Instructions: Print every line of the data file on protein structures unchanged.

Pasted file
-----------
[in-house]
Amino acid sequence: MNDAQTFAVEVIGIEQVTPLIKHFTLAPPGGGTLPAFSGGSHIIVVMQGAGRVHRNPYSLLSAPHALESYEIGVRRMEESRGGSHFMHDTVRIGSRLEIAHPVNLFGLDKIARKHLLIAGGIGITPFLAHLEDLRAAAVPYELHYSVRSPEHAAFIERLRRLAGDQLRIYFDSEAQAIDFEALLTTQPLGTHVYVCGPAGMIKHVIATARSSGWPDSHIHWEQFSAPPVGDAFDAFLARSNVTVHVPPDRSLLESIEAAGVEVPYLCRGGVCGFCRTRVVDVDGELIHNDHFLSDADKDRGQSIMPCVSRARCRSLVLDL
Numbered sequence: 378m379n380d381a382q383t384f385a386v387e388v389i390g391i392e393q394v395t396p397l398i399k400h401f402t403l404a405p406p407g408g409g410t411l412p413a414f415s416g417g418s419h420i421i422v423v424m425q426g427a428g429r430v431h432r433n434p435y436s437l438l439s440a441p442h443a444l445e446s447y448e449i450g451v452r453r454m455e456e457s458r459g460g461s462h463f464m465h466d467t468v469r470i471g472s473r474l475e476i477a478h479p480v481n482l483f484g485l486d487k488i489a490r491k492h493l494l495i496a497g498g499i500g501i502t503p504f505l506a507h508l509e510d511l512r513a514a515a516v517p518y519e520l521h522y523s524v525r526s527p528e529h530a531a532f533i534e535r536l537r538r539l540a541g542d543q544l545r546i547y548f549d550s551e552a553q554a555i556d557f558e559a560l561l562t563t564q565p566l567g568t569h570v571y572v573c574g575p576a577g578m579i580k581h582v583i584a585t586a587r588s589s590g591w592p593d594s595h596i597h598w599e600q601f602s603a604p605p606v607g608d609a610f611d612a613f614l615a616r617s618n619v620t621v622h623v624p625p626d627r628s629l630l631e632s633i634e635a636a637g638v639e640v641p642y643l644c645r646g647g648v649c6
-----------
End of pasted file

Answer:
[in-house]
Amino acid sequence: MNDAQTFAVEVIGIEQVTPLIKHFTLAPPGGGTLPAFSGGSHIIVVMQGAGRVHRNPYSLLSAPHALESYEIGVRRMEESRGGSHFMHDTVRIGSRLEIAHPVNLFGLDKIARKHLLIAGGIGITPFLAHLEDLRAAAVPYELHYSVRSPEHAAFIERLRRLAGDQLRIYFDSEAQAIDFEALLTTQPLGTHVYVCGPAGMIKHVIATARSSGWPDSHIHWEQFSAPPVGDAFDAFLARSNVTVHVPPDRSLLESIEAAGVEVPYLCRGGVCGFCRTRVVDVDGELIHNDHFLSDADKDRGQSIMPCVSRARCRSLVLDL
Numbered sequence: 378m379n380d381a382q383t384f385a386v387e388v389i390g391i392e393q394v395t396p397l398i399k400h401f402t403l404a405p406p407g408g409g410t411l412p413a414f415s416g417g418s419h420i421i422v423v424m425q426g427a428g429r430v431h432r433n434p435y436s437l438l439s440a441p442h443a444l445e446s447y448e449i450g451v452r453r454m455e456e457s458r459g460g461s462h463f464m465h466d467t468v469r470i471g472s473r474l475e476i477a478h479p480v481n482l483f484g485l486d487k488i489a490r491k492h493l494l495i496a497g498g499i500g501i502t503p504f505l506a507h508l509e510d511l512r513a514a515a516v517p518y519e520l521h522y523s524v525r526s527p528e529h530a531a532f533i534e535r536l537r538r539l540a541g542d543q544l545r546i547y548f549d550s551e552a553q554a555i556d557f558e559a560l561l562t563t564q565p566l567g568t569h570v571y572v573c574g575p576a577g578m579i580k581h582v583i584a585t586a587r588s589s590g591w592p593d594s595h596i597h598w599e600q601f602s603a604p605p606v607g608d609a610f611d612a613f614l615a616r617s618n619v620t621v622h623v624p625p626d627r628s629l630l631e632s633i634e635a636a637g638v639e640v641p642y643l644c645r646g647g648v649c6